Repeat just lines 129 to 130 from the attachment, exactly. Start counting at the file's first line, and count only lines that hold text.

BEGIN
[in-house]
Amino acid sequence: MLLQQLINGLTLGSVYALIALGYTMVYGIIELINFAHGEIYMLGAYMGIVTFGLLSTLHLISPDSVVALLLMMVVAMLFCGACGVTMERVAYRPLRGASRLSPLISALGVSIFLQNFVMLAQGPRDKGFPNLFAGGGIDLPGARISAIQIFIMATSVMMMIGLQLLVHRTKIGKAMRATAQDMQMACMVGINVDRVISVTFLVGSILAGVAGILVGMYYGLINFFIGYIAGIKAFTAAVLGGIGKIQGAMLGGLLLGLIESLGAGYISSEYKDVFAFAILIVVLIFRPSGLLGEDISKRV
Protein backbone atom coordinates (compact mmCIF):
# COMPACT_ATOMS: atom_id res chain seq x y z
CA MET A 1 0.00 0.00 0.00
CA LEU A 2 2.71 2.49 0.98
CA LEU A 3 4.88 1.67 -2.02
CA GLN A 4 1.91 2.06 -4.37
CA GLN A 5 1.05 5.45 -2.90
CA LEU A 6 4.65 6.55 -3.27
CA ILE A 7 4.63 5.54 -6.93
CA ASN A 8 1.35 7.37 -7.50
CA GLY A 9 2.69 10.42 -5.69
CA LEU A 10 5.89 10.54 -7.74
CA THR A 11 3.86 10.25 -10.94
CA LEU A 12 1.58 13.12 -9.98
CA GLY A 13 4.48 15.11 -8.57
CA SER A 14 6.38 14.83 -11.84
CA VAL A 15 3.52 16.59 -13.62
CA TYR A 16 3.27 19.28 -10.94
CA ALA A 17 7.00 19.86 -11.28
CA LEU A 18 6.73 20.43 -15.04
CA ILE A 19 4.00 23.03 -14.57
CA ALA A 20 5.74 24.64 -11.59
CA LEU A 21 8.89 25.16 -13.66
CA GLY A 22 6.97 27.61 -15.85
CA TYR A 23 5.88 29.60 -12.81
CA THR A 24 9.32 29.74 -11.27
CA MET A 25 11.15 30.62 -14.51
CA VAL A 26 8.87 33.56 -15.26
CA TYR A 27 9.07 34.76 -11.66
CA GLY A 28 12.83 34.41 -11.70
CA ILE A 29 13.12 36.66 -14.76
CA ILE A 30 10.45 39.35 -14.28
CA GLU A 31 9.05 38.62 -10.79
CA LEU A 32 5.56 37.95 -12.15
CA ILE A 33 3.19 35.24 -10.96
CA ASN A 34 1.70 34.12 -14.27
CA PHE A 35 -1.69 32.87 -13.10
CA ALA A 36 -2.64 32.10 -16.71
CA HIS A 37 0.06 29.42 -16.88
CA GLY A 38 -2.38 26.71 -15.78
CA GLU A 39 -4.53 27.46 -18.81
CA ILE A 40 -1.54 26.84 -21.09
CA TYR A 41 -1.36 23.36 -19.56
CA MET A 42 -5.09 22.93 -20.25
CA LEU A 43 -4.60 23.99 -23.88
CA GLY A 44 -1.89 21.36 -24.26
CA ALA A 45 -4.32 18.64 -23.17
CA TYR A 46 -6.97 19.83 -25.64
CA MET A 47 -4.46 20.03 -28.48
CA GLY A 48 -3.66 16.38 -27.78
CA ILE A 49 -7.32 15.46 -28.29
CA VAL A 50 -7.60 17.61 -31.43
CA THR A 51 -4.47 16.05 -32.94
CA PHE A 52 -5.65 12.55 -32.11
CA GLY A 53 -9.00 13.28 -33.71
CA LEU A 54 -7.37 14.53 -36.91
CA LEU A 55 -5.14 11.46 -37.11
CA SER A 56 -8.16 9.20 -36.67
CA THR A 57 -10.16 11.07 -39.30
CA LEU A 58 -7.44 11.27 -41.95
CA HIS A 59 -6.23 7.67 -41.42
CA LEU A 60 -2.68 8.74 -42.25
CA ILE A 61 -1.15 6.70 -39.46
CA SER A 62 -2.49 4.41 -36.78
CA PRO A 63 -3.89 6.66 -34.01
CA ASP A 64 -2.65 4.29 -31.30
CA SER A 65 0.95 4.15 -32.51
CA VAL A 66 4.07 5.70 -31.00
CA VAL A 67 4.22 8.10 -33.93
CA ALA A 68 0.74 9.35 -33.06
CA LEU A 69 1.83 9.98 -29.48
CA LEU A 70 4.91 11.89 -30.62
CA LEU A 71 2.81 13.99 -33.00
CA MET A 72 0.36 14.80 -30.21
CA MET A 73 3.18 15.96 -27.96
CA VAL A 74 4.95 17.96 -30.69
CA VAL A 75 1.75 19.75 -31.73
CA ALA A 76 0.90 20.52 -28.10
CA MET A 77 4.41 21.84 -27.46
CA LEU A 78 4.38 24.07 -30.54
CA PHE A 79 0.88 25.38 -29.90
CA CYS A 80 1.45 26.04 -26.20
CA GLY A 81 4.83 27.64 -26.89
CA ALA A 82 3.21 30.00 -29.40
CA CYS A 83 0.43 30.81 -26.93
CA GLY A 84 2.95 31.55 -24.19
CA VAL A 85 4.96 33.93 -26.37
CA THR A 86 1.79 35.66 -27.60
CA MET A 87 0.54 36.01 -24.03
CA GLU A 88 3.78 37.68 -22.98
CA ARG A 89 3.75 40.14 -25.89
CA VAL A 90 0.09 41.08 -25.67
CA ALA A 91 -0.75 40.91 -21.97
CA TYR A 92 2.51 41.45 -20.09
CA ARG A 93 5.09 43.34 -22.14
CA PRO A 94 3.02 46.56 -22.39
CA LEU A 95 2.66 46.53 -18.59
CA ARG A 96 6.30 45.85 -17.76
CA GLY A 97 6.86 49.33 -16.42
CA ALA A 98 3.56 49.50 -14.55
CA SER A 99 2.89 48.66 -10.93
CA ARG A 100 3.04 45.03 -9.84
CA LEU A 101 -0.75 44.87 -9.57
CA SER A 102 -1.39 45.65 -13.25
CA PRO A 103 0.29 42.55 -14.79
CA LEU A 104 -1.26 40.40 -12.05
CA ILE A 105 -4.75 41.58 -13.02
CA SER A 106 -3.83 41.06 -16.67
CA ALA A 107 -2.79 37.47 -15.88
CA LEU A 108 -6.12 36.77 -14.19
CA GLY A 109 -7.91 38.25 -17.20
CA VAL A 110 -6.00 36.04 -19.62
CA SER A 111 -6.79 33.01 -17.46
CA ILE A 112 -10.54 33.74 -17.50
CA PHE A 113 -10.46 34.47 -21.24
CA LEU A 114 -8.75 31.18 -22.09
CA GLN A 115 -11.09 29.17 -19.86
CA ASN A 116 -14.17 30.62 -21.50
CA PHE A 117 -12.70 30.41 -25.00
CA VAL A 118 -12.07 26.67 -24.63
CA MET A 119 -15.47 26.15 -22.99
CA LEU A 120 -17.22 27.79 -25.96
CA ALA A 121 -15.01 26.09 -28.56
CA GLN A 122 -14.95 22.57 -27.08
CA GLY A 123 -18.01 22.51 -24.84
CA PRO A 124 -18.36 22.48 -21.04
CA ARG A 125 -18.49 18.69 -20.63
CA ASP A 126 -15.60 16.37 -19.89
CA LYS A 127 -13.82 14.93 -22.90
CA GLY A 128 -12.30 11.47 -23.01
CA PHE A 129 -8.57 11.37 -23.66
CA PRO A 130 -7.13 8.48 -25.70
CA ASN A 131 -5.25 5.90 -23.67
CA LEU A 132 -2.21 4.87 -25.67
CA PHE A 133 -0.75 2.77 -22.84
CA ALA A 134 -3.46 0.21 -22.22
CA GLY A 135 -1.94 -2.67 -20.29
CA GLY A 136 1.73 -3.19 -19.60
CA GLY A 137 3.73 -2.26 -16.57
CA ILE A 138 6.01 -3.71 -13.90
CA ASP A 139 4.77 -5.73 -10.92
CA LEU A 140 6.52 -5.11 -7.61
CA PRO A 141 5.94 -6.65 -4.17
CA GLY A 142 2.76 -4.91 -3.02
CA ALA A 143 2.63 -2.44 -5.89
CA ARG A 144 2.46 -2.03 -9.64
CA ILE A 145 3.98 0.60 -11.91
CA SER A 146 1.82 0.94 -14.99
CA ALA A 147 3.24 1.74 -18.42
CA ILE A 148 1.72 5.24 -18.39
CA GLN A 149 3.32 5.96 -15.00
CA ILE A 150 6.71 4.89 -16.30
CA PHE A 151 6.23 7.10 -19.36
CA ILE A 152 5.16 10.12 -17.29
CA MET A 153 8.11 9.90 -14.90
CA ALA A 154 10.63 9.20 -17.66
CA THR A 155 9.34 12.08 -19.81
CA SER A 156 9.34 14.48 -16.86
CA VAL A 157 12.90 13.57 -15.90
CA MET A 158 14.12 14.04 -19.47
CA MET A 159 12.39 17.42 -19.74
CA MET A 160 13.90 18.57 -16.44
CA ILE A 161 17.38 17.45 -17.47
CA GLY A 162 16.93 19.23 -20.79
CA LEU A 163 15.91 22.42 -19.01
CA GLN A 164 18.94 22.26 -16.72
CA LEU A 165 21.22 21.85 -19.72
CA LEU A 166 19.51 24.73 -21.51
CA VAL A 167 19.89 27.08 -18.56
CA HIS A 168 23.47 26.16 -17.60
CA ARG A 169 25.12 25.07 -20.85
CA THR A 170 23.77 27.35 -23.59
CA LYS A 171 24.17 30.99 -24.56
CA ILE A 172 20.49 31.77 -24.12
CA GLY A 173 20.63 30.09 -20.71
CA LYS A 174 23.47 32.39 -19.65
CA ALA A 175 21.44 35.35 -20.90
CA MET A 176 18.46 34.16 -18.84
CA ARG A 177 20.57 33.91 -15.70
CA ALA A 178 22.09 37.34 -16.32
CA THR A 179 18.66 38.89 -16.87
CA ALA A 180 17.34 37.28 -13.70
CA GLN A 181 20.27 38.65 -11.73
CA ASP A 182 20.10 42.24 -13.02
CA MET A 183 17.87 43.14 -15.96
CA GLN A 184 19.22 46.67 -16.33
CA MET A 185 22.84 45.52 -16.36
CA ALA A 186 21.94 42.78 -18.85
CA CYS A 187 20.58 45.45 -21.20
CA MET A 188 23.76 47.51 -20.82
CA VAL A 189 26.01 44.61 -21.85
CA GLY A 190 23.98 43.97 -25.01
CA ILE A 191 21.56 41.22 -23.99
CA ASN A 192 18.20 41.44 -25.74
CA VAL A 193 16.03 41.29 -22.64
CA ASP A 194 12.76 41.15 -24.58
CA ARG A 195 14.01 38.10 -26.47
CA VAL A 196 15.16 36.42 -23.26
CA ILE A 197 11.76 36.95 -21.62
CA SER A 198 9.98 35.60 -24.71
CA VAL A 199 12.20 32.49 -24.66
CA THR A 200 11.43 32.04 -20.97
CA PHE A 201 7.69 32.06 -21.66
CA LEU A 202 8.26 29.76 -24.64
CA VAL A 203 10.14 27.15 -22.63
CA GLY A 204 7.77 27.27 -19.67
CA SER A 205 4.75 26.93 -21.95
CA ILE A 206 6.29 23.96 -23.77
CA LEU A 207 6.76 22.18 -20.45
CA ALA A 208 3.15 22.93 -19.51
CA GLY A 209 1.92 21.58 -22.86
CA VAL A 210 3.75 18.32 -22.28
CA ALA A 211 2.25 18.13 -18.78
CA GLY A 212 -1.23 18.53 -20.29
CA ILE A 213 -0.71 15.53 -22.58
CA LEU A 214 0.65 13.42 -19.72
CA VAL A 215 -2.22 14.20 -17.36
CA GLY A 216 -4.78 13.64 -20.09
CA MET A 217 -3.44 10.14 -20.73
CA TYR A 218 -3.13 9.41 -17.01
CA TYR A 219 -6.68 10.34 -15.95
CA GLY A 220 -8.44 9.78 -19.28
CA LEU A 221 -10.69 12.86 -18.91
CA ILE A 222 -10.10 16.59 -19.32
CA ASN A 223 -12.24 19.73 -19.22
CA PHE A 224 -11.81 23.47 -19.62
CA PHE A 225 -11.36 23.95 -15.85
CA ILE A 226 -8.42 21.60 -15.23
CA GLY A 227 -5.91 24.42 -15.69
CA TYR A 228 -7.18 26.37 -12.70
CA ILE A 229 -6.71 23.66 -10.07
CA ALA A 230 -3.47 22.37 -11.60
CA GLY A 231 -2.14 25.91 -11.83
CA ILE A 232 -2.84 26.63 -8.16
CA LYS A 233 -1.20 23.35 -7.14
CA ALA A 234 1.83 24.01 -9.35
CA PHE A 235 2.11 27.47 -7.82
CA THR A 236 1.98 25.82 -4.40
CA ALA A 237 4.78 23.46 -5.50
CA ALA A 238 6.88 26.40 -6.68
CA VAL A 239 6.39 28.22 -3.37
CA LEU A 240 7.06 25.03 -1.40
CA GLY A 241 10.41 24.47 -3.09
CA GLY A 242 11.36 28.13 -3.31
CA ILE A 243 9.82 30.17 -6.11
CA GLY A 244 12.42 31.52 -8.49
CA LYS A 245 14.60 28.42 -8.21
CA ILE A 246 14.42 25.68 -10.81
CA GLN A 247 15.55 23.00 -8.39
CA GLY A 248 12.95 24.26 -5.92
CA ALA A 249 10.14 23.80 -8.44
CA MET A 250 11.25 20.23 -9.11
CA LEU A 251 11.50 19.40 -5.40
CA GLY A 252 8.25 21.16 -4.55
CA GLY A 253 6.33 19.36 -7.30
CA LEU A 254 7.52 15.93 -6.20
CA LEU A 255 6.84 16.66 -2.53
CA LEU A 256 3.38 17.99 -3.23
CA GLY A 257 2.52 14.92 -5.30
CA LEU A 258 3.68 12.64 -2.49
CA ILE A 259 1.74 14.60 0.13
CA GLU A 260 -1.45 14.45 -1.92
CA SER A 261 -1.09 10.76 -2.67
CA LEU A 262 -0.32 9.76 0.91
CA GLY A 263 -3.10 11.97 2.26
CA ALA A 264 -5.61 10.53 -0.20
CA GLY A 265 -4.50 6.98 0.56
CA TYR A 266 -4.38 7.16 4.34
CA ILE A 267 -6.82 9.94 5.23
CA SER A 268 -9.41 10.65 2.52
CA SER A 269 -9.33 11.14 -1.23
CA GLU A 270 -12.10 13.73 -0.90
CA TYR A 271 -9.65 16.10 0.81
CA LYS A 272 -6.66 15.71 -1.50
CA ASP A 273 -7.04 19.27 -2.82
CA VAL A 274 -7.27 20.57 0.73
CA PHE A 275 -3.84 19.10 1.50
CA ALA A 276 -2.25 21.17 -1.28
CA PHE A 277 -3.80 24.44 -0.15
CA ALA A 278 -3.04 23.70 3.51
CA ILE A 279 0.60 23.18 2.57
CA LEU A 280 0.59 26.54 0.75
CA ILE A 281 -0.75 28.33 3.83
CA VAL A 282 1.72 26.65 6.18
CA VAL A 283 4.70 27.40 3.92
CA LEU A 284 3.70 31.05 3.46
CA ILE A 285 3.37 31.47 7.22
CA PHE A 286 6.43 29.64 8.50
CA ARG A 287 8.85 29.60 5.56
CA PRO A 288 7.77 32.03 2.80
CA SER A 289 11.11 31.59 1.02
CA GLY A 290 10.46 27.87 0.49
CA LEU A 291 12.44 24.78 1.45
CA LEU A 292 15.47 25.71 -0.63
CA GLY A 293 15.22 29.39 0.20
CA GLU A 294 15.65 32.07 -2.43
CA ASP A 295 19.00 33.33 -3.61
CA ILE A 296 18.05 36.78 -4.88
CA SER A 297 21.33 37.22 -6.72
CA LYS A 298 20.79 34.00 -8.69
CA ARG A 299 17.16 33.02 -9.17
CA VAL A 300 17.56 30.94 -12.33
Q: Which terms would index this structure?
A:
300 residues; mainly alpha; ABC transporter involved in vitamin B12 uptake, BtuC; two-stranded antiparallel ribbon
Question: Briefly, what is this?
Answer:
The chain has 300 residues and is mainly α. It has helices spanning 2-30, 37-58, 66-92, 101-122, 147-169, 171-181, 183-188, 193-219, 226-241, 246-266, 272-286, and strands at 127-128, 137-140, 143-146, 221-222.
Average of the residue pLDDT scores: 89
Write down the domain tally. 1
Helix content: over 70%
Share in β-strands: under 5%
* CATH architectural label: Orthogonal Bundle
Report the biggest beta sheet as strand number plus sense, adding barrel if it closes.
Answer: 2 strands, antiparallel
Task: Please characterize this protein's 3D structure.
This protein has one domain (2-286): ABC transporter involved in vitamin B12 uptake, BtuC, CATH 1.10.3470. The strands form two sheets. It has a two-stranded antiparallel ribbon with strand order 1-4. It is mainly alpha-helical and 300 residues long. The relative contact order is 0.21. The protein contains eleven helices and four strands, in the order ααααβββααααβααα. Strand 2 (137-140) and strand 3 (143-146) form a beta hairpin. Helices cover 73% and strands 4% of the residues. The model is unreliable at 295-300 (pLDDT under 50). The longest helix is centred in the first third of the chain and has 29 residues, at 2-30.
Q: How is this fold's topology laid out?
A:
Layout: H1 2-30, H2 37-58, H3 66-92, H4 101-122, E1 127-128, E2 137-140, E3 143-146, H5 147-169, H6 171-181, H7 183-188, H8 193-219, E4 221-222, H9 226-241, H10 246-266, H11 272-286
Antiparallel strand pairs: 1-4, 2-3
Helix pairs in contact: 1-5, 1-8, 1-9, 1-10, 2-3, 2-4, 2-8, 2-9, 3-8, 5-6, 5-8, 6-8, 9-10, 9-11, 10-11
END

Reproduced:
CA ARG A 125 -18.49 18.69 -20.63
CA ASP A 126 -15.60 16.37 -19.89